I’ve been using some variation of the Getting Things Done method for about 15 years now. It just works for the way my brain is built.
One of the traps of GTD is when you spend more time reviewing and choosing the tools than actually getting things done. You can get into debates about the best way to maintain your system, whether digital or paper-based is better, and how to prevent yourself from letting your system stagnate because you slowly stop using it.
I’ve changed my GTD tools many, many times. I’ve used a Palm Pilot, the Notes app in my phone, dedicated GTD apps, paper journals, bullet journals and post-it notes. And each time I slowly stop using that system.
When I stop doing my GTD routines, I’m fine for a few weeks or a month. Then my anxiety over all the things I’m supposed to be doing mounts up. I forget birthdays or have to get extensions on deadlines. And I look at my old dusty setup, and decide to ignore it. It’s just full of reminders of my failures. I tell myself I don’t need a system, I just need more willpower.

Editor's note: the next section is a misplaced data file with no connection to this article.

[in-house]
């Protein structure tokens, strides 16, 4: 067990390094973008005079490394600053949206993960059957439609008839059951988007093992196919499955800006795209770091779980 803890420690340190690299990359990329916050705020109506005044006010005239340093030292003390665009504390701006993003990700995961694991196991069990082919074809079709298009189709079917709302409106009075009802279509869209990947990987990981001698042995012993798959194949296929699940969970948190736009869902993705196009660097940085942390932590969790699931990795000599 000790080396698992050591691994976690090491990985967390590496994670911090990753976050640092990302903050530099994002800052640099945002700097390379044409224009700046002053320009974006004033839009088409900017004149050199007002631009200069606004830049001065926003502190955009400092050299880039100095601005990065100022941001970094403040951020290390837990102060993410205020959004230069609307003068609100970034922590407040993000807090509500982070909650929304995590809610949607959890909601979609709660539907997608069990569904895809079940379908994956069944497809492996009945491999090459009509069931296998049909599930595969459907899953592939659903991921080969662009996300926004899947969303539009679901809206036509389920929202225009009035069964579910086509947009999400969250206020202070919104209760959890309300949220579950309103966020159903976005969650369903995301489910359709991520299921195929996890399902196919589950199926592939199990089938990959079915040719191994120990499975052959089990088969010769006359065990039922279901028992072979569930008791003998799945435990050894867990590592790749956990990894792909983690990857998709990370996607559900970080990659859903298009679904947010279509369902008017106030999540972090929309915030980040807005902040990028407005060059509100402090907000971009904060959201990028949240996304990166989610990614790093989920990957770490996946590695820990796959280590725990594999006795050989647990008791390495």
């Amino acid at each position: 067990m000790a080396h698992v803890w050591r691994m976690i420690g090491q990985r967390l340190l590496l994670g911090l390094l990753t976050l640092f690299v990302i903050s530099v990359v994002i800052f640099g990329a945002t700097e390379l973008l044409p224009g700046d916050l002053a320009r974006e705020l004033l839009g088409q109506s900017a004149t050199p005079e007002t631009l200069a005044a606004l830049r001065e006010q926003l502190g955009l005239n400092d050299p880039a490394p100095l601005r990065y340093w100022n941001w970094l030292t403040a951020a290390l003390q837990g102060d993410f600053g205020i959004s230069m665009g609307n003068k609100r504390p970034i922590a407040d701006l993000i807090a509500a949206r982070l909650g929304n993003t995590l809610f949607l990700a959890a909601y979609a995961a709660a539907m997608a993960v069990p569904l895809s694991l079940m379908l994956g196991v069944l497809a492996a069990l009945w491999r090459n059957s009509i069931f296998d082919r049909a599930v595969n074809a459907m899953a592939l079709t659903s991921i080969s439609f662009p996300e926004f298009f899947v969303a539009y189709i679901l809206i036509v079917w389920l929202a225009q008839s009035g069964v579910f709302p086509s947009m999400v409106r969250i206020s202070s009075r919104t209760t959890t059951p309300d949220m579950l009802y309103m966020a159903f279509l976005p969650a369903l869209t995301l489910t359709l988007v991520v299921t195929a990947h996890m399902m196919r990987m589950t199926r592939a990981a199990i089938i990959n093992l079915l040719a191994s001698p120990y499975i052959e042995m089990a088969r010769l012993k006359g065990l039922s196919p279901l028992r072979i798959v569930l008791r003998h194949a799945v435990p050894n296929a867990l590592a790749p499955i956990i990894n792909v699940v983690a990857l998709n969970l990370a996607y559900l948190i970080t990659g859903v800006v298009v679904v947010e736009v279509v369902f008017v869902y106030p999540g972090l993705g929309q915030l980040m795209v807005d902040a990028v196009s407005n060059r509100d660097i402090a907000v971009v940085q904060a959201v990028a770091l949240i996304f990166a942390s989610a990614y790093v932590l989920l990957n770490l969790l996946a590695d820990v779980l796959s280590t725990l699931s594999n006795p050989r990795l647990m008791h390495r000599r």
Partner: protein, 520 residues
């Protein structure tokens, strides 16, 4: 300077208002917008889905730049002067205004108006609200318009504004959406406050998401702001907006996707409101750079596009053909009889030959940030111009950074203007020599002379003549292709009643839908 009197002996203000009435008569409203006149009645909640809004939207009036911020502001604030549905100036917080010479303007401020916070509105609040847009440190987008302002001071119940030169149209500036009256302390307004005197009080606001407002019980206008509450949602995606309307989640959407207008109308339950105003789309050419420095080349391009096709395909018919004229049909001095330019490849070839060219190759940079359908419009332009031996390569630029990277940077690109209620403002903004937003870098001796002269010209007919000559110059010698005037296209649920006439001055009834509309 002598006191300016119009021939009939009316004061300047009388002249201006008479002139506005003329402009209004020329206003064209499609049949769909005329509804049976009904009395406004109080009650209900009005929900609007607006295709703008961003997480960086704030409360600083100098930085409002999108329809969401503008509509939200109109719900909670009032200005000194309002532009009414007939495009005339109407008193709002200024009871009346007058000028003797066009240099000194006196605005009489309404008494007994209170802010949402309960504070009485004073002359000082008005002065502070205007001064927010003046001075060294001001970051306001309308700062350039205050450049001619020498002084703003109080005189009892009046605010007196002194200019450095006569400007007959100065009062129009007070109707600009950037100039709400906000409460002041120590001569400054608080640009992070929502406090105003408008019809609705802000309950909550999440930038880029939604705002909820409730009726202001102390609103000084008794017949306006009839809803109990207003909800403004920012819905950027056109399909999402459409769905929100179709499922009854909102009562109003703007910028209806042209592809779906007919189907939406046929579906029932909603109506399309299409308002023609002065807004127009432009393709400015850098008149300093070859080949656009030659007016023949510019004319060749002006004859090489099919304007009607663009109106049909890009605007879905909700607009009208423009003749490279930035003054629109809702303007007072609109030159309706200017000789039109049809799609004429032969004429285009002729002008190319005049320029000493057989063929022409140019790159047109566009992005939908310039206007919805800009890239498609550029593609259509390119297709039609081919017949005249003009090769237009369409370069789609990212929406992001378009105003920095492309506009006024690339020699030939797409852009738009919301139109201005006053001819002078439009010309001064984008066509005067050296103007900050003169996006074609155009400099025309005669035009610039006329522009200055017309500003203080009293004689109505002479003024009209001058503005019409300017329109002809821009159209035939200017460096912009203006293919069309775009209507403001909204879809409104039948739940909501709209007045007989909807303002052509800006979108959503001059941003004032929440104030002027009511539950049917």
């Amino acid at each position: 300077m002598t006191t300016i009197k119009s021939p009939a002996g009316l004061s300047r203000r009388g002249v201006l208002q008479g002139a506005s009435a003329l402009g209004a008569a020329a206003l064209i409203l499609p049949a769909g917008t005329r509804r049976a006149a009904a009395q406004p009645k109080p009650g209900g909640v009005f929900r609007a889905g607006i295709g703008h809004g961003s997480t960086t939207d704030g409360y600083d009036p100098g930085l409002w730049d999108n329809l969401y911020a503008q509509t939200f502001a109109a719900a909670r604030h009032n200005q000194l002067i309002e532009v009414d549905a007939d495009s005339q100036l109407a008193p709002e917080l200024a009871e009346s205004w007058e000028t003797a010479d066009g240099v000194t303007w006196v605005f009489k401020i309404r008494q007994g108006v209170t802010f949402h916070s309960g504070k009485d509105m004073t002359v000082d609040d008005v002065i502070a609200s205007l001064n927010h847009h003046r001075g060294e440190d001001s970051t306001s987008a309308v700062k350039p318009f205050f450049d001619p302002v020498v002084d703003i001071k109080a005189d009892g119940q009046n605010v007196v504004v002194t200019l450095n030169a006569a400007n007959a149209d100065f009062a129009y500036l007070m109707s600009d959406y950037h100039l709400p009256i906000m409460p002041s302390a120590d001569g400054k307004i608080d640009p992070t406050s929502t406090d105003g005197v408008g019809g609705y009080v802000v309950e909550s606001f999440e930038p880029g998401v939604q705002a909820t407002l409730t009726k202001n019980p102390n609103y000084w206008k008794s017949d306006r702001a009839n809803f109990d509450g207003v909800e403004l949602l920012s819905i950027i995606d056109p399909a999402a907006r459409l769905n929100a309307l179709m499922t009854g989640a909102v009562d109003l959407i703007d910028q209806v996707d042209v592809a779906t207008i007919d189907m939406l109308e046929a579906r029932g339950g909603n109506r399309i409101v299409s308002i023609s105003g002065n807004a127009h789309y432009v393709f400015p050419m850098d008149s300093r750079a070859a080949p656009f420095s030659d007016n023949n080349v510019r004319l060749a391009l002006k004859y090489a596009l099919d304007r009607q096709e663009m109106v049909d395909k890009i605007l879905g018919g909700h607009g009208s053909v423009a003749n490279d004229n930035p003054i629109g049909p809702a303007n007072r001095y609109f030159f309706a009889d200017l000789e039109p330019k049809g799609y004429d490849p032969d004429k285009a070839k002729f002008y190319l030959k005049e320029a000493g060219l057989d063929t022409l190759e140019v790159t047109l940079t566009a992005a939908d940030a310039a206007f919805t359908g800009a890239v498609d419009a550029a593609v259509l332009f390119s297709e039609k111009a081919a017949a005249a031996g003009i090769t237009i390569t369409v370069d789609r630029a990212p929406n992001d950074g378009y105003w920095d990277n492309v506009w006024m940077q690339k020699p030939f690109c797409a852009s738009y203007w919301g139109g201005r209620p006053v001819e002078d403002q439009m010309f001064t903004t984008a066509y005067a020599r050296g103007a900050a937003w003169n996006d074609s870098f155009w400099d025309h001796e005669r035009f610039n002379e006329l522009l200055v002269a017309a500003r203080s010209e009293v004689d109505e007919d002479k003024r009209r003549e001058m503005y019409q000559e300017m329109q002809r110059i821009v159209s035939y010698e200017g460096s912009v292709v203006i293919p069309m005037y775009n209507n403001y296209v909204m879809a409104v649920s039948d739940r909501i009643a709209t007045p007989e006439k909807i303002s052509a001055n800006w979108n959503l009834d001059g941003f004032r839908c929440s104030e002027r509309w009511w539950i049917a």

And then my life gets even more disorganised. I finally admit the truth (again), which is that I have some executive dysfunction and routines are helpful for me. But I still want to avoid the scene of my previous failure, so I pick up a fresh tool (currently ToDoist) and start again.
This used to make me feel guilty. I wasn’t doing real GTD! I’m a poorly organised person! I have no loyalty or grit!
But I’ve decided not to bother feeling guilty about it anymore. Perfect adherence to a system is for robots. It’s fun to play with new tools, and if that’s what I need to get me back into a helpful routine then so be it. David Allen isn’t going to come to my house to tell me off! And I can avoid at least a month of mild background stress if I stop delaying and just pick up a shiny new tool.